CLEVELAND — Tuesday night’s game between the Cleveland Cavaliers and Boston Celtics was one of the most anticipated basketball nights of the year. It marked both the return of Kyrie Irving to face the team he asked to be traded away from earlier this summer and the beginning of the 2017-18 NBA season.

Less than halfway into the first quarter, none of that mattered anymore.

Gordon Hayward, the All-Star forward making his Celtics debut after signing as a free agent this summer, fell awkwardly after colliding with LeBron James while going for an alley-oop pass and crashed to the floor. His left foot pointed in the wrong direction after he dislocated his ankle and fractured his left tibia.

In an instant an arena that had been full of frenetic energy was shocked into a sudden silence, while players on both teams reacted in horror. And at the same time a team that entered the season projected to be among the NBA’s elite now finds itself staring at a far different reality from it was expecting.

Boston eventually fought back from an 18-point deficit to lose 102-99, but the result was largely irrelevant. Hayward’s injury – and the impact it had on both the Celtics and the rest of the Eastern Conference – pushed all other storylines to the rear.

It’s a reminder of how fragile roster-building can be. Teams spend months, if not years, preparing meticulously to go into the offseason looking for specific ways to improve and then do their best to execute those plans.

Boston did exactly that this summer, not only convincing Hayward to leave the Utah Jazz to rejoin Celtics Coach Brad Stevens – his college coach at Butler – but pulling off one of the most stunning trades in recent years to land Irving.

By pairing the two of them with Al Horford, the Celtics felt like they had a chance to give James his biggest challenge during his seven-plus years of Eastern Conference dominance, while at the same time setting themselves up to be a contender for years to come.

Now all of that has been thrown into the air. It’s still unclear when Hayward is going to be back, but anyone who witnessed the injury Tuesday night was under no illusions that such a recovery would be a speedy one. And frankly, speed isn’t the important thing here; it is ensuring that Hayward, who has developed into one of the league’s best and most complete forwards and an annual all-NBA candidate at one of the league’s deepest positions, is able to return to that level in the future.

“You hurt for him,” Stevens said. “He’s put in a lot of great work, and I thought he had his most comfortable week as far as feeling like he was going to play really well. Now hopefully we get a full recovery.

“It’s a tough deal but I guess that’s part of it, the risk of injury. I really feel for him.”

With Hayward sidelined at a minimum for months, it’s hard to see the Celtics as anything but a mid-tier playoff team in the Eastern Conference, at best.

Yes, they have plenty of young talent, including the past two No. 3 overall picks in Jaylen Brown and Jayson Tatum – both of whom showed flashes of their significant potential in the opener.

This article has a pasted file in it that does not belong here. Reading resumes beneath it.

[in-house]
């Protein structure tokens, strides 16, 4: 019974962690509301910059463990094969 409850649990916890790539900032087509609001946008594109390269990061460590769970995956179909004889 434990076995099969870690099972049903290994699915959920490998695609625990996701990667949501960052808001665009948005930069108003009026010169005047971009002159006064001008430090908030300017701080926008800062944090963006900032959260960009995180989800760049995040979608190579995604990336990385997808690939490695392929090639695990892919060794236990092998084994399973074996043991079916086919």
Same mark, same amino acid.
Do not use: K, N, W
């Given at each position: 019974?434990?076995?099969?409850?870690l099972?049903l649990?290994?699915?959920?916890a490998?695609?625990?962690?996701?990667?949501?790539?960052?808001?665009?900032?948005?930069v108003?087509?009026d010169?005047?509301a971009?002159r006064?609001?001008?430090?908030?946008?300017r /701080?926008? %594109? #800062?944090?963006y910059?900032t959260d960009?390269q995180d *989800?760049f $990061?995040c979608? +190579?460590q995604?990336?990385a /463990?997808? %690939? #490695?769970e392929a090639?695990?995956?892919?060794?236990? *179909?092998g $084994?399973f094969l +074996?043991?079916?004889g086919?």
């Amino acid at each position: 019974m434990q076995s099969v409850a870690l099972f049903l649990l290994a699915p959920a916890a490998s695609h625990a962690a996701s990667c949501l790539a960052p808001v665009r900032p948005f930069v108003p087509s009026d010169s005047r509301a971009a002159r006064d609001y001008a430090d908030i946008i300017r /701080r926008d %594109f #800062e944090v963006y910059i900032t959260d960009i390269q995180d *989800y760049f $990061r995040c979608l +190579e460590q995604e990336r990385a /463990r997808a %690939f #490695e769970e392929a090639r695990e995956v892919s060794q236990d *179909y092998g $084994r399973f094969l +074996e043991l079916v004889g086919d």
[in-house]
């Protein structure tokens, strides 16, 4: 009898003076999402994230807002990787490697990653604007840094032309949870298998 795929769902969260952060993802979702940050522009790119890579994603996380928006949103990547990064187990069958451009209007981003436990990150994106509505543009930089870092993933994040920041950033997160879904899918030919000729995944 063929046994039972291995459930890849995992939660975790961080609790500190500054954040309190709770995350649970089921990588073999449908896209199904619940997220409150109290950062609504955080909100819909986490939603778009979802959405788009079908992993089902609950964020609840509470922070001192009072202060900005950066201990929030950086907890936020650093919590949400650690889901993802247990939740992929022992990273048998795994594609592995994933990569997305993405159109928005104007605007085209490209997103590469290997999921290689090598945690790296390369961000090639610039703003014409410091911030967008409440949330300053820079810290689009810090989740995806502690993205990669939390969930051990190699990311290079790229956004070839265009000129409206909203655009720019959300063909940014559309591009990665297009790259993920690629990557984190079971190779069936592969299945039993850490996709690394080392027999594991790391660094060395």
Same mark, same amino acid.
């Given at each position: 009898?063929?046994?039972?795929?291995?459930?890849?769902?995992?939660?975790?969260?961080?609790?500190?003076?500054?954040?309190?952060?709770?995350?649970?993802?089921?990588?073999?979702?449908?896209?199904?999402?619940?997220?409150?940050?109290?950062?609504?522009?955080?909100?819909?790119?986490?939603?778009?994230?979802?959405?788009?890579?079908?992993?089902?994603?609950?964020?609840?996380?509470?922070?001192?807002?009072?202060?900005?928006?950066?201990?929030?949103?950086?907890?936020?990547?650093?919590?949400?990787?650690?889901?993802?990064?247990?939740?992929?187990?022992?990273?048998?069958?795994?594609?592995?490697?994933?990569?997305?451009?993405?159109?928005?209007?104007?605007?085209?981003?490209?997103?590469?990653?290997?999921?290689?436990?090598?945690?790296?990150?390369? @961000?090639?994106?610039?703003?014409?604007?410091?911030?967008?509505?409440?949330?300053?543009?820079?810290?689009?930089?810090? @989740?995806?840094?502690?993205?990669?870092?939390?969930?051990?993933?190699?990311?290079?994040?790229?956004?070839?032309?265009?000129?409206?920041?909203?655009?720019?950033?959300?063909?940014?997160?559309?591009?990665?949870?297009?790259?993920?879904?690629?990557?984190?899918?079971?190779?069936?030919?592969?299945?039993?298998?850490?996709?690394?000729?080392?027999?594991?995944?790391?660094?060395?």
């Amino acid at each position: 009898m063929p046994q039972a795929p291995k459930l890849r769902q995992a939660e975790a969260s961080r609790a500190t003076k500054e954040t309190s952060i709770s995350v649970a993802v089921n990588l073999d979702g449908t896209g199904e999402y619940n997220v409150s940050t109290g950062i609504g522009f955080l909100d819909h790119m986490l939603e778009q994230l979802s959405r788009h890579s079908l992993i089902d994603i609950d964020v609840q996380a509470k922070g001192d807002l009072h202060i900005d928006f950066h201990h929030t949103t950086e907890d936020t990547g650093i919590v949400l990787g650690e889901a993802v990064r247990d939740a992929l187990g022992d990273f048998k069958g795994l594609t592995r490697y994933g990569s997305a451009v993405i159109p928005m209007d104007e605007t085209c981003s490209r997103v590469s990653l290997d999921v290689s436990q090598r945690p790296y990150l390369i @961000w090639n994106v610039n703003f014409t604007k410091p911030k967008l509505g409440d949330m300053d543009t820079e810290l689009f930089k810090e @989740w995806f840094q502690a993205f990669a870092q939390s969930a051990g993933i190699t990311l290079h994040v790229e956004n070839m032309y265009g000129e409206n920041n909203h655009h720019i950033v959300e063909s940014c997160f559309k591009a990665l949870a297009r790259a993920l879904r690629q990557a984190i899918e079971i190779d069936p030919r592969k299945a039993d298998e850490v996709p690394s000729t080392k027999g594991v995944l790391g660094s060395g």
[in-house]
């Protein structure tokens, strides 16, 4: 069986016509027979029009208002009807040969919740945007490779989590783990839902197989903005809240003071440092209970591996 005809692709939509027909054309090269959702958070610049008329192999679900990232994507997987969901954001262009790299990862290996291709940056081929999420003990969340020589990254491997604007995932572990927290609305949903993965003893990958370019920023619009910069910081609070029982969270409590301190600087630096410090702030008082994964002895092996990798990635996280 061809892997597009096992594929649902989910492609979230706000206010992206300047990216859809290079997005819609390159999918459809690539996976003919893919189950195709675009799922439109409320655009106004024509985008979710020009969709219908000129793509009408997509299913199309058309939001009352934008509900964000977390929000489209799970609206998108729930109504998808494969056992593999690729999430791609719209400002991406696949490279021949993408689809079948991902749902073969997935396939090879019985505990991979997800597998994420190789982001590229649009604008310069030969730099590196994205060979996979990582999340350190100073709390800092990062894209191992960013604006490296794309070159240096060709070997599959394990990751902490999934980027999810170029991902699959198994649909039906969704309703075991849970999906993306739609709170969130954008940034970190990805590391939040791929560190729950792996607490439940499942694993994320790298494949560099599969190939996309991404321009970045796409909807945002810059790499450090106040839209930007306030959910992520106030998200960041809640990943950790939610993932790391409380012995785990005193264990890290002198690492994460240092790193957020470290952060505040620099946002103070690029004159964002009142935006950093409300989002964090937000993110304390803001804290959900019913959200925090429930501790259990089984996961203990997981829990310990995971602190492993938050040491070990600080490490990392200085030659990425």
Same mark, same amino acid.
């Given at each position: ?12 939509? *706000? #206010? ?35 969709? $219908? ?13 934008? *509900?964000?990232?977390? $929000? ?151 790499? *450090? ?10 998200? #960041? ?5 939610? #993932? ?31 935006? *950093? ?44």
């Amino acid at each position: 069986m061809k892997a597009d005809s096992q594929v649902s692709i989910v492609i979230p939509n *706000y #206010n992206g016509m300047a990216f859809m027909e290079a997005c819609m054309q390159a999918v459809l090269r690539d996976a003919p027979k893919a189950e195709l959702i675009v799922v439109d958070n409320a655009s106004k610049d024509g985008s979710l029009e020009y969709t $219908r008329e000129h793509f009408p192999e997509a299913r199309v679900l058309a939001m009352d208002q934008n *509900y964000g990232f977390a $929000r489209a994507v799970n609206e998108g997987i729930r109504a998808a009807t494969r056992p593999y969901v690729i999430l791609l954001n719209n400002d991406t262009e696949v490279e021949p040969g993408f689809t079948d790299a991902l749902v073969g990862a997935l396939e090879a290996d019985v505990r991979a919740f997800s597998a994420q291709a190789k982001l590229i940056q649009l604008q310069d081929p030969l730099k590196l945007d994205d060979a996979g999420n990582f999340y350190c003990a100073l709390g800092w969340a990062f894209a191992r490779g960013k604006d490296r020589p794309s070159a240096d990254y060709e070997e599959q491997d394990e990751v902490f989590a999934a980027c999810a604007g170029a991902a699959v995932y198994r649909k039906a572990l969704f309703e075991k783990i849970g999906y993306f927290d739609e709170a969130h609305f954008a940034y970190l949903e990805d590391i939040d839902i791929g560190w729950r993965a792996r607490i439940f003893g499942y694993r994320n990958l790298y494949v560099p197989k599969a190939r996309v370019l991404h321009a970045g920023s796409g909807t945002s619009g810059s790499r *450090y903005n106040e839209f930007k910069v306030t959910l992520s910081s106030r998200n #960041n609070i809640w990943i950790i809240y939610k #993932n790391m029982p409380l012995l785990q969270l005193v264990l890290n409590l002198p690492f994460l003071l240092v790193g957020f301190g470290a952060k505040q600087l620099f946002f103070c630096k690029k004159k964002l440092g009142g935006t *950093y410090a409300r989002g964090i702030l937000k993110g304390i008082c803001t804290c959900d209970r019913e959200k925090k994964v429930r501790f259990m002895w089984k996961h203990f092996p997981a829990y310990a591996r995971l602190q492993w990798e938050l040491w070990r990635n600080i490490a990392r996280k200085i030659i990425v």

But Boston sacrificed quality depth to acquire Irving and Hayward, making Jae Crowder part of the package that went to Cleveland for Irving and shipping Avery Bradley to Detroit for Marcus Morris, allowing the Celtics to clear just enough salary-cap space to be able to sign Hayward.

Those were moves any team would – and should – do to land players of Irving and Hayward’s caliber. But they forced Boston to sacrifice a good portion of the depth that made it successful last season in exchange for being able to rely on truly top-end talent.

The problem is that with one of those top-end talents now gone, the burden has grown on the team’s inexperienced depth pieces to pick up the slack in Hayward’s absence.

Hayward’s injury also blows open the top of the Eastern Conference, where many had presumed the Celtics would be positioned alongside the Cavaliers this season. The team that now has to assume the pole position for a top-two seed alongside Cleveland is the Washington Wizards.

There already wasn’t much of a gap between the two teams even before Hayward’s injury. After it? One could argue the Wizards are the clear favorites to secure home court until at least the Eastern Conference finals – and, with it, yet another chance to end Washington’s 20-year drought without a conference final appearance in any of the four major professional sports.

But none of that was on the minds of anyone in Cleveland on Tuesday night. Instead, it was the image of Hayward on the ground, his left leg bent at the knee and his foot pointing in the wrong direction.

“It was very difficult,” Cavaliers Coach Tyronn Lue said. “Even though he was from the opposing team, we’re still a fraternity, and we’re still brothers. You never want to see anyone get injured or go down like that.”

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